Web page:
This blog originally posted on LinkedIn July 1, 2021
Small Business Innovation Research grants are non-dilutive Federal awards for startups inventing novel technology. The goal is to move early-stage tech to proof of concept, after which the company can seek more traditional investment. Eleven Federal Agencies participate in the program, and it is credited with huge ROI and launching an array of companies from Biogen to Qualcomm. An initial ‘Phase I’ award is typically small, on the order of $200k. If that goes well, applicants can apply for a follow-on ‘Phase II’ which is typically on the order of $1M. To win an award, the small business writes a proposal, which is reviewed by a group of technical experts. The scientific panel picks the winners.
A few months ago, I was putting together a webinar about successful commercialization from SBIR grants (called “Phase III”) when I made this lovely slide using data from the Air Force, Navy, and the National Cancer Institute:
Figure 1: SBIR Commercialization rates (Phase III) from three Branches
In Figure 1 column 2, the table is showing commercialization rates (Phase III rates) as reported from these three federal Branches who did in-depth studies. Each hired an independent firm to track down past awardees and figure out what happened via surveys and phone calls. It struck me that these are great transition rates. If you consider that 35-65% of Phase I awardees get to Phase II, that means that firms awarded a Phase I have about a 25% chance of making it. Note - Phase I’s generally fund unproven tough tech. Often they are paper studies. Those review panels do a great job! Let’s take a closer look:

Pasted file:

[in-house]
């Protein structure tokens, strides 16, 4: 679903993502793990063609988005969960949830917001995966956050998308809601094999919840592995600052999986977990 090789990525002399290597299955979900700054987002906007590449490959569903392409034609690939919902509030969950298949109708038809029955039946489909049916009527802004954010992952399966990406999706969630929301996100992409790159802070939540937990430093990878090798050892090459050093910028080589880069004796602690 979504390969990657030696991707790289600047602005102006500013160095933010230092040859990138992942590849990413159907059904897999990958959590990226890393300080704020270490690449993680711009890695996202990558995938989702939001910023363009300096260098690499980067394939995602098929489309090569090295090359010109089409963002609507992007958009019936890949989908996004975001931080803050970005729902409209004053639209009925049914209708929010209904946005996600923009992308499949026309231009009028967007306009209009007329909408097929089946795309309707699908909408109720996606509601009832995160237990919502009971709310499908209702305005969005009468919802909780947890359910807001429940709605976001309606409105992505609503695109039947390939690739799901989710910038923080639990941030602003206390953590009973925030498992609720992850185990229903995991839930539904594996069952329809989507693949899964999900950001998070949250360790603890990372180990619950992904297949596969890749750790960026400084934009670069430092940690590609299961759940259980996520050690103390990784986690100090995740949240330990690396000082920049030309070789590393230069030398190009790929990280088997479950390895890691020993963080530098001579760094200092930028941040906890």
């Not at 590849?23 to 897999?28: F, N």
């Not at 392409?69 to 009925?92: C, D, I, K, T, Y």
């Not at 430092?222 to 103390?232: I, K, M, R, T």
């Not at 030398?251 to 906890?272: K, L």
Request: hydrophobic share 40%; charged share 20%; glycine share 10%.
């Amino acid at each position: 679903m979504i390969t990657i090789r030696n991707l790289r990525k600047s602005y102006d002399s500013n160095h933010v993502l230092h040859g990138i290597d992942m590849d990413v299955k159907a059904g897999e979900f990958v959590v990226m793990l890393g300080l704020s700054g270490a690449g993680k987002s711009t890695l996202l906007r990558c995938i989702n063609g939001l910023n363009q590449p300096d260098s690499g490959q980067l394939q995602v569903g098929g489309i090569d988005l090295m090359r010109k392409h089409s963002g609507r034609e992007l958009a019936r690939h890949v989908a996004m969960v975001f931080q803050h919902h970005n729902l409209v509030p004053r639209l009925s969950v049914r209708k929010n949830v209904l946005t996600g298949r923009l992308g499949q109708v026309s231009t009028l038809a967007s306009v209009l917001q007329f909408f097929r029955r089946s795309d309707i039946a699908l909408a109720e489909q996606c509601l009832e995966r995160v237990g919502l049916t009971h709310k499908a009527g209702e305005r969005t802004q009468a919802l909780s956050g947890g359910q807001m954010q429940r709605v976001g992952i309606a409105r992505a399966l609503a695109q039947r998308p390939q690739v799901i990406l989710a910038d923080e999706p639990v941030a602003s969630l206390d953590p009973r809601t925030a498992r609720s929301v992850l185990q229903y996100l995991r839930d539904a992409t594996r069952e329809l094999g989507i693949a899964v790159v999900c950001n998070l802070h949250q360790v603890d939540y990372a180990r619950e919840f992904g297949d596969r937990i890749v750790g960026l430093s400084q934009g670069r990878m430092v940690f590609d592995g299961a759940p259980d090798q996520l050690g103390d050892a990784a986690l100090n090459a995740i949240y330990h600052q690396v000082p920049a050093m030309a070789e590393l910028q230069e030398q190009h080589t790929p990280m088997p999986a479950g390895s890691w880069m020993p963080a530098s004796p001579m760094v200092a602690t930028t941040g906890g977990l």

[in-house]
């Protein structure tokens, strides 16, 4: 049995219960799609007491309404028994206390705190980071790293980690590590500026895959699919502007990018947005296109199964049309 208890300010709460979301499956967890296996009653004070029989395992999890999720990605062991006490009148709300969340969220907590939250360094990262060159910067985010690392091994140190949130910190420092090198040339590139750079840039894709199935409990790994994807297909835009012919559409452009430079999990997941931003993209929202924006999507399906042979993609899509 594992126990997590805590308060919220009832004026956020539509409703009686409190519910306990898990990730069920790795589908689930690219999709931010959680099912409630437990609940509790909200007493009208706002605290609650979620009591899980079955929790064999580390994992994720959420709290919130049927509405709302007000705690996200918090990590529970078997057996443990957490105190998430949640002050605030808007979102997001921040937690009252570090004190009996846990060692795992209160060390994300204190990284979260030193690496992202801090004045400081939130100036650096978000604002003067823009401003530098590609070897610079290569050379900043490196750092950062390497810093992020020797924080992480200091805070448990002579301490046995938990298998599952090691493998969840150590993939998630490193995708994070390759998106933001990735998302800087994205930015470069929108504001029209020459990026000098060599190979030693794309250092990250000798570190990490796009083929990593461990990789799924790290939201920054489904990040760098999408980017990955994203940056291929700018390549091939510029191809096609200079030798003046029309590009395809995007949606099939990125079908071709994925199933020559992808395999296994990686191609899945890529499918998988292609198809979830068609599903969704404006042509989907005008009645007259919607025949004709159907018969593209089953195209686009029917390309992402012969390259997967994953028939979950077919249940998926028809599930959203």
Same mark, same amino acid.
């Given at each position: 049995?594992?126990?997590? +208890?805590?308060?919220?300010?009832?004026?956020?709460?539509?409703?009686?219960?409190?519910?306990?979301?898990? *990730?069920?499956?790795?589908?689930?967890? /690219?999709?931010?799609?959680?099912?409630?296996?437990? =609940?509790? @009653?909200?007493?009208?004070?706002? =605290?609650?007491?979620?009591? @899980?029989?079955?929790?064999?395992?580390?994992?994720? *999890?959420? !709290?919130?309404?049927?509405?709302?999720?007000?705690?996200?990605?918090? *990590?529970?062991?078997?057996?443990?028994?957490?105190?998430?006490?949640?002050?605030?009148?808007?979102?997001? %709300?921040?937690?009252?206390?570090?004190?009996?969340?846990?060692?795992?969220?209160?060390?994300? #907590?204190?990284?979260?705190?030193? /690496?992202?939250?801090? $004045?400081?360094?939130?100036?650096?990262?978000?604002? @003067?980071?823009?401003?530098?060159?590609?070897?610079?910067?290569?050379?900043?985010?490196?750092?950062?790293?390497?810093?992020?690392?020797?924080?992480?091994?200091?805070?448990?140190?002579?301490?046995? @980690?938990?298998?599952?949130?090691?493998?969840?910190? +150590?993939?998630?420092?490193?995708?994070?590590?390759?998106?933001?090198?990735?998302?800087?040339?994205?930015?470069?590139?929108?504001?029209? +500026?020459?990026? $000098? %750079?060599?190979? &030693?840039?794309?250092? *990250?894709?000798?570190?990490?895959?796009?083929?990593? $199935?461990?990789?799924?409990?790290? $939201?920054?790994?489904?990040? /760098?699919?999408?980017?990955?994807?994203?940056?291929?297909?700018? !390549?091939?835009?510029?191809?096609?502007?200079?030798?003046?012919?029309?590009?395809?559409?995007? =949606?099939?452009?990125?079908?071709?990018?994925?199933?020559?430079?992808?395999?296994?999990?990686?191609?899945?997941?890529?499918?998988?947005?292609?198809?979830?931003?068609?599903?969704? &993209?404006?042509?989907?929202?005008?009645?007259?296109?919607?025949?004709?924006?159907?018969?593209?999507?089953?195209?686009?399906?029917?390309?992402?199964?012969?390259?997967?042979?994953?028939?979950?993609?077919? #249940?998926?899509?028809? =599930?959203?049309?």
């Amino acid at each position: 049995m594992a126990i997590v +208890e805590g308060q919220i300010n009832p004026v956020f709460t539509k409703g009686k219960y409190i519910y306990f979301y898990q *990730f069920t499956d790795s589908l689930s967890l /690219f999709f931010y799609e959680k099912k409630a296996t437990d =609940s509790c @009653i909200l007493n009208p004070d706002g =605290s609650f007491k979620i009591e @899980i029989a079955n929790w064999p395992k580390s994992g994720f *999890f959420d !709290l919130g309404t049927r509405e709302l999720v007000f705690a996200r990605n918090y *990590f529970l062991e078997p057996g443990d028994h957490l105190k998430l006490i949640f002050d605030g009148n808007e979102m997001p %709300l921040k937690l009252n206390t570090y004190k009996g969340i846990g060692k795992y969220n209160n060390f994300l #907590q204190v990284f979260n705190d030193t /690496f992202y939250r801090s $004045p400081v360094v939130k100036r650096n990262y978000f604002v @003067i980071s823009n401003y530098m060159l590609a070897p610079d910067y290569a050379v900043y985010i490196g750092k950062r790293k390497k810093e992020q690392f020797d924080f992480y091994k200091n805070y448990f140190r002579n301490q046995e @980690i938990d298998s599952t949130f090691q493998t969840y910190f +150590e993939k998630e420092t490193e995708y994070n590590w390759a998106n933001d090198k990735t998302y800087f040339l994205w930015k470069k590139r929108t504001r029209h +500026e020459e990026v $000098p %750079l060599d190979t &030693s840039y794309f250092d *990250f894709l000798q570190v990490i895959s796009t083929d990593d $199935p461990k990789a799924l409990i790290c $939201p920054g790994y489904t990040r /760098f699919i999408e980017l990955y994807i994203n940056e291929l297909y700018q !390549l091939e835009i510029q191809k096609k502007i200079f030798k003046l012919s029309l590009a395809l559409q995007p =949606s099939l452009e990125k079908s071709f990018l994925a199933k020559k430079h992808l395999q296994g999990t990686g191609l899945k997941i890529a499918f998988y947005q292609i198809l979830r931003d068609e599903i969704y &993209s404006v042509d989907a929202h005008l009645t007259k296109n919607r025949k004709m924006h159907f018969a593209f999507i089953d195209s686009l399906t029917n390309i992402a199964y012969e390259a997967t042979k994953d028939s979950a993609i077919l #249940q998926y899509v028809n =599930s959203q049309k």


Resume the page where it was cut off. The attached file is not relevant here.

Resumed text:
Table I: Odds that SBIR Phase I technology will be successfully commercialized
For the AF and Navy, I put a discounted Commercialization Rate in parenthesis, since it seems they were counting 27% that were “follow on R&D” and “other” as Phase III, per the Figure 1 pie chart. Let’s assume those firms went out of business, or never scaled. That’s ok. Even if we take the lower value, the average across the three branches is 26%. According to a 2012 paper by Shakir Ghosh of Harvard Business School, that rate is the same as that for VC backed firms! Although, yes, some apples and oranges here. More on that later.
So, I wonder, why? Why do SBIR Phase I awardees do as well with commercialization as VC backed firms?
First, let’s assume that SBIR proposal reviewers and VCs are equally smart. Reviewers are successful scientists, and VCs are successful business people – high IQs all around. And for the sake of argument let’s assume the small companies get comparable monetary and advisory support, although the levels and models are very different for SBIR and VC.
To figure out why SBIR-awarded and VC-backed firms have similar success rates, I looked at some briefs on why startups fail and succeed. Many of you will recognize these lists of ‘what went wrong’ and ‘what went right’ :
Figure 2: The many failure modes of startups (Source: CB Insights). Note that the percentages add up to about 300%.